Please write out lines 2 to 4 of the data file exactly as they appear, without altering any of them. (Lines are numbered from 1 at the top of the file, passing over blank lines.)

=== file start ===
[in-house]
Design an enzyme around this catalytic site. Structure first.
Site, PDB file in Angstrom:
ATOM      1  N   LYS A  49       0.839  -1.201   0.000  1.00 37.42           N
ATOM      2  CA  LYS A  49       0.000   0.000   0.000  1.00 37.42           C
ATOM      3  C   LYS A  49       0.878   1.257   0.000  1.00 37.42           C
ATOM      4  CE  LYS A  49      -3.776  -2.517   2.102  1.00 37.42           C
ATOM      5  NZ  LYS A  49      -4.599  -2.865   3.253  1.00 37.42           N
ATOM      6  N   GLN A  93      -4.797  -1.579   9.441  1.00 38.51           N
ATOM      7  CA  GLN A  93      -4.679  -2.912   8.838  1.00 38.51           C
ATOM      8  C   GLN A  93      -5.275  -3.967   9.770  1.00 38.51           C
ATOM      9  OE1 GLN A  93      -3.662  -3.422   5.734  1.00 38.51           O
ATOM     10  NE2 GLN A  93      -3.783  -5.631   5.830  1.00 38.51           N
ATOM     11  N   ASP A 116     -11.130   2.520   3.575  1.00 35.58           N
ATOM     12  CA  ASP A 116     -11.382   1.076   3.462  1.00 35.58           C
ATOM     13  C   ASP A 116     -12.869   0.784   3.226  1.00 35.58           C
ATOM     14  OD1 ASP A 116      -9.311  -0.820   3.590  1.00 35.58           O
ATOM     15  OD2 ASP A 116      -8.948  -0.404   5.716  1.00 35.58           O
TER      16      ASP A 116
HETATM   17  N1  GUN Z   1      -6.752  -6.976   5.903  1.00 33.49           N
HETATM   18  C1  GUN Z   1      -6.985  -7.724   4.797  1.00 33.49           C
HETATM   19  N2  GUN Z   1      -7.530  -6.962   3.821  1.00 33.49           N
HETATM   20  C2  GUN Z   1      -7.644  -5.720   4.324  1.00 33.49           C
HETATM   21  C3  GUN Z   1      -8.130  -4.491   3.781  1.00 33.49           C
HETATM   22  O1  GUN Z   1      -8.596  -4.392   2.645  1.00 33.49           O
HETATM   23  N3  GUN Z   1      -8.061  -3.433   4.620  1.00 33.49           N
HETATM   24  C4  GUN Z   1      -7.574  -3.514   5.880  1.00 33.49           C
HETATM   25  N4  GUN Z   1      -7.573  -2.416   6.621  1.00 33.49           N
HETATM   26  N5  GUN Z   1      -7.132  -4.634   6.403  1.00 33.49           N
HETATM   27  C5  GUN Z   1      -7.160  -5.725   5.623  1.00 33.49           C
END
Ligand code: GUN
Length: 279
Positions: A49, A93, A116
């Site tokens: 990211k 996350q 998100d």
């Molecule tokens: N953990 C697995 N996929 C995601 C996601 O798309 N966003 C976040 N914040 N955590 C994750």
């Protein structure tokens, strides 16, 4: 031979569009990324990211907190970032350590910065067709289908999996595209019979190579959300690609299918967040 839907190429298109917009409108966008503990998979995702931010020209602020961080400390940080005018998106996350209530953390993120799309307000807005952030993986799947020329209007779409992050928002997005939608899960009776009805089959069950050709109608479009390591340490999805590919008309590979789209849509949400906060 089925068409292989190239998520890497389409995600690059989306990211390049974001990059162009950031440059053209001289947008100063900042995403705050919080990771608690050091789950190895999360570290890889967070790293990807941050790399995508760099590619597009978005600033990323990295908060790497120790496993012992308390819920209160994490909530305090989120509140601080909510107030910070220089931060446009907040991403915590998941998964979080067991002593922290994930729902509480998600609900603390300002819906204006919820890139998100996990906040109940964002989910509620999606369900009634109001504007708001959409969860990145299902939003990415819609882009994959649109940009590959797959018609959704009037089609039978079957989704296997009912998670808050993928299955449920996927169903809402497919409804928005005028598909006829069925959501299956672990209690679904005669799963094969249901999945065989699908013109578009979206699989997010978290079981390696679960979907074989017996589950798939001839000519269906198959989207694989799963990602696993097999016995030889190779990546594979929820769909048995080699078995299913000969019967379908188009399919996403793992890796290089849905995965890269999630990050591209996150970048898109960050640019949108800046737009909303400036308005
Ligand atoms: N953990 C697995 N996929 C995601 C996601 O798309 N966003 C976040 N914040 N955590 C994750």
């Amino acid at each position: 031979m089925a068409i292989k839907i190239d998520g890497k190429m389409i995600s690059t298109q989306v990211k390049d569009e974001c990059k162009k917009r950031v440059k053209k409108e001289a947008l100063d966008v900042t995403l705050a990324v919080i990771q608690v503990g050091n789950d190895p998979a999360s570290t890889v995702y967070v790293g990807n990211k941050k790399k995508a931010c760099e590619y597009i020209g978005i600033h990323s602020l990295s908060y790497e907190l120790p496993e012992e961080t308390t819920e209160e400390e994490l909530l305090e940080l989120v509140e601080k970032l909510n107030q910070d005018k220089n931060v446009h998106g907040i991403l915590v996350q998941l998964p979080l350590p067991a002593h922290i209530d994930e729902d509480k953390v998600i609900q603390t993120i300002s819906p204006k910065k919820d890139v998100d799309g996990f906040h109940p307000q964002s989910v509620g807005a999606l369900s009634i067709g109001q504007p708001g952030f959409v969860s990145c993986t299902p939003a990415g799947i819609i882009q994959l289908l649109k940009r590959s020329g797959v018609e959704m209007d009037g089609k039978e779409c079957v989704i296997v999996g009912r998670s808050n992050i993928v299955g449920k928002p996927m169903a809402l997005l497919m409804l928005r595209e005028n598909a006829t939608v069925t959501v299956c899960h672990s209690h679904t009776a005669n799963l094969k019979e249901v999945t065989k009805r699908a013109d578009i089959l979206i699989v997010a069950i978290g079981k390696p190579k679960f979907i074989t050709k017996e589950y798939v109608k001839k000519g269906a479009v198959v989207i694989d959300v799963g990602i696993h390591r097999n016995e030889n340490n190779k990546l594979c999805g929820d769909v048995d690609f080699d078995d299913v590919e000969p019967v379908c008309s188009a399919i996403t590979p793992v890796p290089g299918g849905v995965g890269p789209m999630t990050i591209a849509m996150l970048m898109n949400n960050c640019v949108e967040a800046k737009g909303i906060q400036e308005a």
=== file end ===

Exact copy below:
Design an enzyme around this catalytic site. Structure first.
Site, PDB file in Angstrom:
ATOM      1  N   LYS A  49       0.839  -1.201   0.000  1.00 37.42           N